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Connecting the Dots in Design for Environment

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t.alex
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Re: consumer education
t.alex   7/2/2014 9:46:25 AM
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Hailey, that makes a lot of sense. When there is a strong demand for the skills and knowledge, people will immediately go for it.

Hailey Lynne McKeefry
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Re: conflicting things
Hailey Lynne McKeefry   6/25/2014 9:37:14 AM
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And here's one from Ghandi: "You may never know what results come of your action, but if you do nothing there will be no result."

Occam Advocate
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Re: conflicting things
Occam Advocate   6/24/2014 10:48:33 PM
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Sad but true. Truth is that few who alive today are likely to see (or suffer) the effects of our collective actions and inaction today. But that should not deter anyone from trying.

Edmund Burke put it into perspective the best for me when he left us the following thought: "Nobody made a greater mistake than he who did nothing because he could do only a little"  

Hailey Lynne McKeefry
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Re: conflicting things
Hailey Lynne McKeefry   6/24/2014 4:50:36 PM
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I recently read through an APICs study that made the point that most organizations don't incentivize for their sustainablity iniatives. Instead people are rewarded for cost savings, on time delivery and the like. When push comes to shove then  people tend to do what will get them rewarded. That is just human nature as you said.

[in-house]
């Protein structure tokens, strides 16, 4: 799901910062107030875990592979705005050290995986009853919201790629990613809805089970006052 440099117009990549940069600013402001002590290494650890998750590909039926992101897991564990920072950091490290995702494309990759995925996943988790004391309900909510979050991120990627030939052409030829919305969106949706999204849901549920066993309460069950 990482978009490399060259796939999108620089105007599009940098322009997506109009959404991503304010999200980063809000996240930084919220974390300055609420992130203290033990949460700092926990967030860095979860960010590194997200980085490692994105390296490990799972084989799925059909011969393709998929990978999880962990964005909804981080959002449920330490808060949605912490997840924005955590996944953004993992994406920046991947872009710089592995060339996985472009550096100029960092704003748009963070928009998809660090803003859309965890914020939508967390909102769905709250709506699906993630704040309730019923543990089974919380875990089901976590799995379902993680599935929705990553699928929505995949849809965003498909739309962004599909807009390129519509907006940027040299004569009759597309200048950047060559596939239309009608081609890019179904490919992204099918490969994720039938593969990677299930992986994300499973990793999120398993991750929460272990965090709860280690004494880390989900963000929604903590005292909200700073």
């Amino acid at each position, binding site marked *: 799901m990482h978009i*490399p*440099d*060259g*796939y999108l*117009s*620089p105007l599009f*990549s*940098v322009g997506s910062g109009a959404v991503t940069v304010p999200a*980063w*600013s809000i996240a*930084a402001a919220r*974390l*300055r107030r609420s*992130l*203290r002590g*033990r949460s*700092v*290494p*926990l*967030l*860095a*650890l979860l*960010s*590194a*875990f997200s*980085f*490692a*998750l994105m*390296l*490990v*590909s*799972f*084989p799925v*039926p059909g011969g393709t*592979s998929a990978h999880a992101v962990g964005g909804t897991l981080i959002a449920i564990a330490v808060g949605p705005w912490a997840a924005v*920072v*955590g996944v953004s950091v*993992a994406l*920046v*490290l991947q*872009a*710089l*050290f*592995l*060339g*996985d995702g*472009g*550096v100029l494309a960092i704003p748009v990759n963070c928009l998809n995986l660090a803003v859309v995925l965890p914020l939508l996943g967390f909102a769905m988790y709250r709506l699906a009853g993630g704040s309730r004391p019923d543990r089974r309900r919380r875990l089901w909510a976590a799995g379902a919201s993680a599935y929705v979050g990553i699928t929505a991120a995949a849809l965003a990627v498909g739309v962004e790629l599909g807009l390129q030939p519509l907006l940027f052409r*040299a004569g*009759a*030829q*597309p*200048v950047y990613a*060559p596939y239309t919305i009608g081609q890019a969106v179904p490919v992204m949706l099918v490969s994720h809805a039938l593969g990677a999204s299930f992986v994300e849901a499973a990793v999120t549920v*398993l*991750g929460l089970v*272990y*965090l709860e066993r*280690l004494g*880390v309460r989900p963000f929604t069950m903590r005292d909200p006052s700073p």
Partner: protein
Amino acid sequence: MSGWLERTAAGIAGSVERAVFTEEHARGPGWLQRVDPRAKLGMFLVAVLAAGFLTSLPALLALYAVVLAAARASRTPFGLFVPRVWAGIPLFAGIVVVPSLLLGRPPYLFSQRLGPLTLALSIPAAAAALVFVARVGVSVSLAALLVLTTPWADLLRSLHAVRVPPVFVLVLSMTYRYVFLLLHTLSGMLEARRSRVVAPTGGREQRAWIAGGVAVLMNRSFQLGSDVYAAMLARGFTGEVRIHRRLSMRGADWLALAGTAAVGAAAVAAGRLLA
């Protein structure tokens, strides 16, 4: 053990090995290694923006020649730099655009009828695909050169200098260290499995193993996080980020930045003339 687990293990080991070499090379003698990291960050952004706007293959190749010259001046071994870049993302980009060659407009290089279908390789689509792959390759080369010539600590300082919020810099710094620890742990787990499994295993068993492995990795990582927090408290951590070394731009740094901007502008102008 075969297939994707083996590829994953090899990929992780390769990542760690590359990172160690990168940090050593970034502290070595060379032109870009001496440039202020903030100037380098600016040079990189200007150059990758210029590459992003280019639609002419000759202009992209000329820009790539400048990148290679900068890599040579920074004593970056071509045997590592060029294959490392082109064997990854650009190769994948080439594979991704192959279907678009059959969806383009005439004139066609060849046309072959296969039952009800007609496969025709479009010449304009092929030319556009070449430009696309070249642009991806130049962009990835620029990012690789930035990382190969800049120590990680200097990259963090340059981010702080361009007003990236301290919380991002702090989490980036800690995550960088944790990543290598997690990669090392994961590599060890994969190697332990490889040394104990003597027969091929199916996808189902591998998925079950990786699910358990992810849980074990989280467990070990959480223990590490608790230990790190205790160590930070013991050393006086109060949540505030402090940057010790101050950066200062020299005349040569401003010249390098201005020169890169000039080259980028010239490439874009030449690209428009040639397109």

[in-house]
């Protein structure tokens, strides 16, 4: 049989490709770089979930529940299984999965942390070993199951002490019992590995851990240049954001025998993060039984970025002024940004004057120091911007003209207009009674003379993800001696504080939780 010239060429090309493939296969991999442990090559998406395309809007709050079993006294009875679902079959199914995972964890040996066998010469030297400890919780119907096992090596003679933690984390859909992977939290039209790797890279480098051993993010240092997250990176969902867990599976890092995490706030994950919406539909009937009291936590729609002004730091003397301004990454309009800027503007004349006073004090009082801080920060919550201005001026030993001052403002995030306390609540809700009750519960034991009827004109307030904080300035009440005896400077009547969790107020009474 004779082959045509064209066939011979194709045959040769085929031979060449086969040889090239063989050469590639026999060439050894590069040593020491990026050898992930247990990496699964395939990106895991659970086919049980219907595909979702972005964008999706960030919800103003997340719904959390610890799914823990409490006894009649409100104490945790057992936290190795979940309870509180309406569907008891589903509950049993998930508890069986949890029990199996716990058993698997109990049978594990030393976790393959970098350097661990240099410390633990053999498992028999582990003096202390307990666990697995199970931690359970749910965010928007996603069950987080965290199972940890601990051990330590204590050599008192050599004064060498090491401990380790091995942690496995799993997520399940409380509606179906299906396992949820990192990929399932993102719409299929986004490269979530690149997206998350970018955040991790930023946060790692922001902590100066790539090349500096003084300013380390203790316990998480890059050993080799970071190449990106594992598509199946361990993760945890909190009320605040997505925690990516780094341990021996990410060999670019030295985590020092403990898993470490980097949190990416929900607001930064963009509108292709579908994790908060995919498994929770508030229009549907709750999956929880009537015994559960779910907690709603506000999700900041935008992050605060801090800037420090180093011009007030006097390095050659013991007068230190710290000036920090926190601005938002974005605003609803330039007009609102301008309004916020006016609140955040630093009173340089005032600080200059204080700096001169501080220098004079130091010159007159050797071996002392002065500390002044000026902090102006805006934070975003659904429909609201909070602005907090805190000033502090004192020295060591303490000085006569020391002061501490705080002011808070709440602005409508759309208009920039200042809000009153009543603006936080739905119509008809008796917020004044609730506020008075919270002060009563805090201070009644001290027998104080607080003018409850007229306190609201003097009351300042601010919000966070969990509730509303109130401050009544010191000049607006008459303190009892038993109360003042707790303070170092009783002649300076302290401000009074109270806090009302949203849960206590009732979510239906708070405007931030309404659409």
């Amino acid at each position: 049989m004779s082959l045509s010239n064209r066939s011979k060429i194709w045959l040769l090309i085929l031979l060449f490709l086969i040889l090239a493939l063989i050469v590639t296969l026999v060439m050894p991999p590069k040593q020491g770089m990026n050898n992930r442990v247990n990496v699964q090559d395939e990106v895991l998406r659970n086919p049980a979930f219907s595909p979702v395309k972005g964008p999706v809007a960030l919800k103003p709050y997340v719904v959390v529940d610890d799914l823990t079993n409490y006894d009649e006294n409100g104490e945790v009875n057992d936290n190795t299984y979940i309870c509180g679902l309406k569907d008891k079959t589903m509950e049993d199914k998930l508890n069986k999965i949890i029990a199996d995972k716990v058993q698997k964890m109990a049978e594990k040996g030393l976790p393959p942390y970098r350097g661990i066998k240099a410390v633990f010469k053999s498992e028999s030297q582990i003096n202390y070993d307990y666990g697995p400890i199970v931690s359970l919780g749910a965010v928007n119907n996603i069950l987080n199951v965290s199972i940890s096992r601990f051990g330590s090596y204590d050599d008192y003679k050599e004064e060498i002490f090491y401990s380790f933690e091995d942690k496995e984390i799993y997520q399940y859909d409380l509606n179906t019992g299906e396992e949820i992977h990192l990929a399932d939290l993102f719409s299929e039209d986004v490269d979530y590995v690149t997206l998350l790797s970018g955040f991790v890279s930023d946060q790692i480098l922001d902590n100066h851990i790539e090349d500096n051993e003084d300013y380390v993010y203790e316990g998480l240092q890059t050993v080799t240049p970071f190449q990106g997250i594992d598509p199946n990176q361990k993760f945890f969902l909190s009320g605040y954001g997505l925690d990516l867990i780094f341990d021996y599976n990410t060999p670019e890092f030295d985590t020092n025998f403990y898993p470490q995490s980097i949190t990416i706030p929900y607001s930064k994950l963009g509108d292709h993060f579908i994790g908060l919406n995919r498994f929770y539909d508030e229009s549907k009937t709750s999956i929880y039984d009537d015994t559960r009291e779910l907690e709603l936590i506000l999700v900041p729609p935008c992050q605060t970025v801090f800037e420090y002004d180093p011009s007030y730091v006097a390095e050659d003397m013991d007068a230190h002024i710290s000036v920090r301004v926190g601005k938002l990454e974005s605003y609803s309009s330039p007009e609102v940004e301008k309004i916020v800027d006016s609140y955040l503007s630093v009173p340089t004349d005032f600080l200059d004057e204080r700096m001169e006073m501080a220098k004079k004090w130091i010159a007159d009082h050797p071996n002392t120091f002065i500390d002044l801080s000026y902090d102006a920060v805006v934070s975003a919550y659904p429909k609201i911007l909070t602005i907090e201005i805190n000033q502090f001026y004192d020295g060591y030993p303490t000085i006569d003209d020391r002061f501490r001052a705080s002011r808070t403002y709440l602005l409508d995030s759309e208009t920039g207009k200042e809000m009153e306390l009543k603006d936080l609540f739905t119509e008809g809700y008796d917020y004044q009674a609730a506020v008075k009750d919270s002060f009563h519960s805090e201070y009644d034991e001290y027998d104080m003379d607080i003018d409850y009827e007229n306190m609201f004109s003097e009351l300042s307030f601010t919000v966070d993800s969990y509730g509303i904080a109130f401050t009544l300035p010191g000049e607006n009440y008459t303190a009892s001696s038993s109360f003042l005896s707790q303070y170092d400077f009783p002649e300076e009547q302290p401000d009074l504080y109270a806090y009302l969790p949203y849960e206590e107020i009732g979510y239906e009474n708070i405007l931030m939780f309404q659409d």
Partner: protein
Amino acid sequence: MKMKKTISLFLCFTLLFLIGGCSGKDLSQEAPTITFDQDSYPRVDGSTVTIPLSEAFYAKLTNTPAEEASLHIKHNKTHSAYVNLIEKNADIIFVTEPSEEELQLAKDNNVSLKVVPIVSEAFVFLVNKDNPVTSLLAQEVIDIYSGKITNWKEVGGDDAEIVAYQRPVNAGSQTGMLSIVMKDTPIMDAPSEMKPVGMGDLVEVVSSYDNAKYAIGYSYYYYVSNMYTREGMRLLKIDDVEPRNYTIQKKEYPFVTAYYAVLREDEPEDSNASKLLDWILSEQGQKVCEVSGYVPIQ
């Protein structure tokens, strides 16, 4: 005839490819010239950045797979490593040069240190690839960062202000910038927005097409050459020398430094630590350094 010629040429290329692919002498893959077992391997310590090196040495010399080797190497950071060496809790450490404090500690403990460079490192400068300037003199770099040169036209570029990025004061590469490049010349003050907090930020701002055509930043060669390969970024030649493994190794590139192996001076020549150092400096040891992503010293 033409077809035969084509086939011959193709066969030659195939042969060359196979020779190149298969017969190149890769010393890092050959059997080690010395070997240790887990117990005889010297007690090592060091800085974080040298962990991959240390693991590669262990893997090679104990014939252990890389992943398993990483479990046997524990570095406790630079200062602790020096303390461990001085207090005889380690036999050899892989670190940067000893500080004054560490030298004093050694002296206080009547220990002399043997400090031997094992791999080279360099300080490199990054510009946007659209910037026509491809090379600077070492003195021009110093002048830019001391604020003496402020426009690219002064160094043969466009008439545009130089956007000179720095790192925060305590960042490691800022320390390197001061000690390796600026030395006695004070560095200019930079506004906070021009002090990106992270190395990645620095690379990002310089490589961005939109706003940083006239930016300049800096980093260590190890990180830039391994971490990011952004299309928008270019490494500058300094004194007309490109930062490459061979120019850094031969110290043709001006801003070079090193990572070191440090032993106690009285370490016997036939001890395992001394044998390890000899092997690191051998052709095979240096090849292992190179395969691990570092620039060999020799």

Occam Advocate
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Re: conflicting things
Occam Advocate   6/24/2014 1:20:35 PM
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That is a tough question to answer. 

I believe that most people and even OEMs want to do the right thing and both have the power to effect some positive changes. However, what they perceive is the  "right thing" might be on a case by case basis is another matter altogether.

That said, the OEM should be the easier of the two to effect change as they are, for the most part, in the drivers seat. Still, for the OEM the bottom line "right thing" typically is increasing shareholder value (i.e. increasing profits... and the bottom line). Morality issues are only become matters of concern when they begin to impact the bottom line for whatever reason (e.g. negative public perception and/or reaction).

In the case of printers being discussed, it is not much different than the case for phones. Give away or sell at low or no profit margin the phone and charge for the much higher margin service. Profit is profit. Only regulations or consumption taxes, which free market business abhors, can drive significant change for most I suspect.